Your gain: We’ll talk about why our loved ones sometimes die close together, what can cause this, and how to cope with it.

I wanted to write about this particular topic because it’s near and dear to my heart. As my parents passed six months apart, I can confidently say my dad was highly affected by my mom’s death. Here, I’ll give you a little insight as to why, and also how and why this can happen.

My Experience

When my mom died, my dad really just wasn’t the same person. I mean, he was, generally speaking. But I can tell such a big part of his soul had been taken from him the moment she left the physical world. 

He seemed a bit more uninspired and unenthusiastic with life. Very low vibration and very sad. Which, of course, is to be expected! When you lose a partner of over 30 years and you have so much of your life together intertwined, I can’t imagine how it must feel to try and feel whole again after that. 


I should also mention that my dad had been diagnosed with prostate cancer probably 5 or 6 years prior to my mom’s death. While he journeyed through this and had his ups and downs, when my mom’s health started declining, I noticed he was worsening a little bit, too. For instance, they both had pneumonia at the same time, and his mobility started decreasing. 

Once my mom died, this really began to take hold. I could see and sense that his cancer was worsening, Little did I know until later on that it was in fact spreading from his prostate to his lower back and, eventually, his brain. Really, I could just feel him slipping away. I remember having this one moment, really multiple moments, where I realized I was in the process of losing another parent. I just couldn’t wrap my head around that.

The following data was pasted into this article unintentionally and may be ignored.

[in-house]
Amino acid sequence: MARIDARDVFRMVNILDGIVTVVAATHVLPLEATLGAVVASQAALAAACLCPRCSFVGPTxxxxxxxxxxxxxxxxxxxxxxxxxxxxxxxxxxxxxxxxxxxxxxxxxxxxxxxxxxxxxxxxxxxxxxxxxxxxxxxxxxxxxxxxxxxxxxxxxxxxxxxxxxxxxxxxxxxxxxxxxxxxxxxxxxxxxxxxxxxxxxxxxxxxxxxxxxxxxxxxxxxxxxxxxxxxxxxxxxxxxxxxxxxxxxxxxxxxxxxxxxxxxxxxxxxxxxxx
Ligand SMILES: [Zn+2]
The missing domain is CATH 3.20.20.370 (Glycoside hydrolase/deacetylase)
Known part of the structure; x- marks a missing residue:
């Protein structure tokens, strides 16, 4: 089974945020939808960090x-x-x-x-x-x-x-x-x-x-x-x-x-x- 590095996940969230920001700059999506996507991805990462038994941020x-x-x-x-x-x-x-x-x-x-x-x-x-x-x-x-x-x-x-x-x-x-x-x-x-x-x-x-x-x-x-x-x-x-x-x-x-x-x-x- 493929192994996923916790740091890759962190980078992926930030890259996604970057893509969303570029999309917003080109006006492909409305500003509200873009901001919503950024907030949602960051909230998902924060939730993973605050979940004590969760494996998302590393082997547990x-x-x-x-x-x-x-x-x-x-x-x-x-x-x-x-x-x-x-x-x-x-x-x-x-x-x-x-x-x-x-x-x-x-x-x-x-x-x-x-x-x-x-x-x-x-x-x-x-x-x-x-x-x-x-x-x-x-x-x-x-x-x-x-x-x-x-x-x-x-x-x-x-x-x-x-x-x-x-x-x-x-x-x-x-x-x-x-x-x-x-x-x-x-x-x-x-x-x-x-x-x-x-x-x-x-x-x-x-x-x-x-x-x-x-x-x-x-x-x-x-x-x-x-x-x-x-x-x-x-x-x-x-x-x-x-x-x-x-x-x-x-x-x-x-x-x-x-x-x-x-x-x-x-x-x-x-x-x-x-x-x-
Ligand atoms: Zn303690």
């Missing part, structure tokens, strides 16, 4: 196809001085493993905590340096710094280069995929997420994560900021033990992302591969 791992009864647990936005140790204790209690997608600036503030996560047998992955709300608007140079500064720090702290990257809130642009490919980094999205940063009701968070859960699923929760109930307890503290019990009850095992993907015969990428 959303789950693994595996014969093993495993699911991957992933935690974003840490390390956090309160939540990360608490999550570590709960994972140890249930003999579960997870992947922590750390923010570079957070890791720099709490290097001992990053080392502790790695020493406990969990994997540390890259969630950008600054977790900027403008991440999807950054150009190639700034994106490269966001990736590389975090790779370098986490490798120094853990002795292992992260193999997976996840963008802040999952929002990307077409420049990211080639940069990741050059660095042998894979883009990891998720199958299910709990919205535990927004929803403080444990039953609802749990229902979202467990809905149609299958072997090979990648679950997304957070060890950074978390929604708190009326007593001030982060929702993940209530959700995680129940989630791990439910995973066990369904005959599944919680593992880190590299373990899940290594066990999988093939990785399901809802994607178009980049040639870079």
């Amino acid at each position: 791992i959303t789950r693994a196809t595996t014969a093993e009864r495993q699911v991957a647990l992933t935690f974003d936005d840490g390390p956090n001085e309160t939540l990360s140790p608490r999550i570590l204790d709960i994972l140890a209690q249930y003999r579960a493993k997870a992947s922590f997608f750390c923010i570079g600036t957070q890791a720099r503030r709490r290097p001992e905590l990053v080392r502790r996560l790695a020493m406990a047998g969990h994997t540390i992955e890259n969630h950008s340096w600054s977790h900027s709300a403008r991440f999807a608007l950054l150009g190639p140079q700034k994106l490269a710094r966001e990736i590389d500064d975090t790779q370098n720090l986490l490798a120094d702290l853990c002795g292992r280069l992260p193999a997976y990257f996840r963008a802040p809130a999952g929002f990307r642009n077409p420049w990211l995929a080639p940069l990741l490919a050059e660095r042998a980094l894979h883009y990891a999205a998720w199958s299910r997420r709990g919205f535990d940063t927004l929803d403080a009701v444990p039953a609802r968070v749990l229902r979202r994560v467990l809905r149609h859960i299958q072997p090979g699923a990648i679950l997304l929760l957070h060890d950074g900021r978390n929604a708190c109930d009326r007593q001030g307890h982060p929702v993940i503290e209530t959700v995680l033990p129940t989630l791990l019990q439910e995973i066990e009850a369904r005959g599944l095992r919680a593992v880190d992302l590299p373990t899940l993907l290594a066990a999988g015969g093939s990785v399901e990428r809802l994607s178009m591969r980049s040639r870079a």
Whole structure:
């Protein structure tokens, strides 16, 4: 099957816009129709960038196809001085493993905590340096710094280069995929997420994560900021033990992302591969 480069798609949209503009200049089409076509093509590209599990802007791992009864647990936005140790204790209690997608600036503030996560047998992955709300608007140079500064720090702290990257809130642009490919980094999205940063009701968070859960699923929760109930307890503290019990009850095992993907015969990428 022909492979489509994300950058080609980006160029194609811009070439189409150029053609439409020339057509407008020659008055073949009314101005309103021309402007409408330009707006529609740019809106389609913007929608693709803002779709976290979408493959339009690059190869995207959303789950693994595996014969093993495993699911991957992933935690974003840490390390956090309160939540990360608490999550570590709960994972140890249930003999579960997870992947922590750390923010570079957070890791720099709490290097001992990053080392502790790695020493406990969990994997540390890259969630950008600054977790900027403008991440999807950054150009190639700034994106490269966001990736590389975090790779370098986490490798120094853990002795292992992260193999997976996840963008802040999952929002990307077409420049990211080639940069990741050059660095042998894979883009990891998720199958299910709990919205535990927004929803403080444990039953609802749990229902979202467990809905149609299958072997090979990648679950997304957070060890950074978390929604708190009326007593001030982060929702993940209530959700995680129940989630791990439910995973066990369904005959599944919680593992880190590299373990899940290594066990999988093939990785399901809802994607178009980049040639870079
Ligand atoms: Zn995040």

Why Does This Happen?

Why is it that some loved ones—most generally this is seen in couples who have been together a long time or parents who have lost children—die close together like this?

With my dad, I have to admit, at one point he told me point blank that he wanted to go be with my mom. This was at a point when he was in a Post Acute (essentially hospice) facility, the cancer was in his brain, but he was quite clear about it. Now, I know he didn’t want to leave me. I know this. But I do feel when it gets to the point where someone is just “done”, so to speak, there’s not a lot of convincing them. They’re almost resounding to their fate, and there’s actually a peace that comes with that for most people.

The occurrence of loved ones dying close together can be attributed to several factors. While sometimes it can be a matter of coincidence, oftentimes it feels like there’s a little more to it than that. Here are a few reasons why this might happen.

Age and Health

When loved ones share similar ages or health conditions, they may face similar life challenges and health risks. If they have reached a point in their lives where their health declines, it is possible for them to pass away in close succession. 

As I explained with my parents earlier, as they were going through a shared health decline, I can’t help but feel this was relevant. Even though they were 13 years apart (my dad was older), even while symptoms can be different, overall health and wellness can play a massive role.

Shared Environment

If family members or close friends live together or in close proximity, they may be exposed to the same environmental factors, such as infectious diseases or accidents. In such cases, the chances of multiple deaths occurring in a short span of time can increase.

I always felt this was so interesting—how our shared environment can play such a key role. But not entirely surprising, right? If we’re exposed to the same or similar things or environments, it’s very possible that humans can be exposed to similar circumstances.

Emotional Impact